P.S. For smaller items likely to have been truly lost/misplaced, you can post/look in our Lost/Found (nonpets) Forum.
Like the bicycle and stroller shown here yesterday, this isn’t the kind of item you just “misplace,” so we’re featuring it here instead of in our Lost/Found (non-pets) forum. The photo is from Rosalie:
I initially saw this wheelchair not far from Charlestown and 39th SW. Yesterday, it was in the middle of Hiawatha playfield at 8 PM at night. I suspect it was stolen … It is a Tracer SX5. It’s in safekeeping right now.
If you recognize it, let us know and we’ll connect you.
We took that photo along Alki Avenue SW after a reader tip that those yellow bags had appeared on multiple bus stops that served Route 37, suspended since March. Do they represent a permanent shroud for the route? We asked Metro. Spokesperson Jeff Switzer says sign-covering started last weekend and is part of a bigger project:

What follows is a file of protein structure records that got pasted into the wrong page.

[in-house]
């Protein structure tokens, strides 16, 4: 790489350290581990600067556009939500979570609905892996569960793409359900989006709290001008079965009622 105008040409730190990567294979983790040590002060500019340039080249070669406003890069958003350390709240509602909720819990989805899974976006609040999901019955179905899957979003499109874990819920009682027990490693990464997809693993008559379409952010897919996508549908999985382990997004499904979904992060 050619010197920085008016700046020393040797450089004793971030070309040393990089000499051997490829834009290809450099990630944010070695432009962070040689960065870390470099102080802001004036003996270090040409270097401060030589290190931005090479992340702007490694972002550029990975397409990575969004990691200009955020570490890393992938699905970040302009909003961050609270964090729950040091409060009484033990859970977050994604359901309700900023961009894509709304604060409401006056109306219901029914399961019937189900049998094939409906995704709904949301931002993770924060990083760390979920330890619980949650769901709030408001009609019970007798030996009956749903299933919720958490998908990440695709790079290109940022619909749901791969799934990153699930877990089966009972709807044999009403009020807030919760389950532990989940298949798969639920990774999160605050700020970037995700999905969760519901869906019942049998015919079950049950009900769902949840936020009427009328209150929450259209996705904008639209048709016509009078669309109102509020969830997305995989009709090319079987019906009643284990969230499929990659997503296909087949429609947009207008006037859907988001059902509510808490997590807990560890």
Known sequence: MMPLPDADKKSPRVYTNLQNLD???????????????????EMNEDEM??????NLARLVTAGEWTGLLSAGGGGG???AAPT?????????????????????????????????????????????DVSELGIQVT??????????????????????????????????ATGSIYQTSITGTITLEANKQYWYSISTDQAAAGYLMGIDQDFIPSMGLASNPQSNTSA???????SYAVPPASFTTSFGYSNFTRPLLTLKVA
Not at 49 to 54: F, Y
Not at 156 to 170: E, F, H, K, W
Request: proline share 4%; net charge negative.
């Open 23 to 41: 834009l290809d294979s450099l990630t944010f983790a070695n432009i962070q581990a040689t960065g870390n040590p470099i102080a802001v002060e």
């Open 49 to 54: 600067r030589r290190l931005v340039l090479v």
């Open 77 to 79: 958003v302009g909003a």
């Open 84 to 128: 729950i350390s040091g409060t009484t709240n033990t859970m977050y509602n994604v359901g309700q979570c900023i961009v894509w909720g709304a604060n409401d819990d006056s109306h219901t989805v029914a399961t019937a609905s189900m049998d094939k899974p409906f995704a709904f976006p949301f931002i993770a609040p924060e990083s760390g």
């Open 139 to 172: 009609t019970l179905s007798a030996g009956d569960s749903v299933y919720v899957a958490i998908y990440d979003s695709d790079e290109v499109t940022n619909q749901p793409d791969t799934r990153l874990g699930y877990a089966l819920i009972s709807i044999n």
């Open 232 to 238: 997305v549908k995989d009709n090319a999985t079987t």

Countywide, we have 7,800 bus stops. Beginning with the September service change we planned a several-fold approach for handling stop level information for suspended routes.
*At suspended stops with bus stop information holders, we have replaced the stop schedule strips with a suspended route information strip.
*At large information kiosks with suspended routes, we have installed a large information strip with suspended route information.
*At suspended stops without information holders, but with more than one route, but only one suspended route, we have installed a decal on the post indicating one or more routes at this stop are suspended (this work is about 85% complete.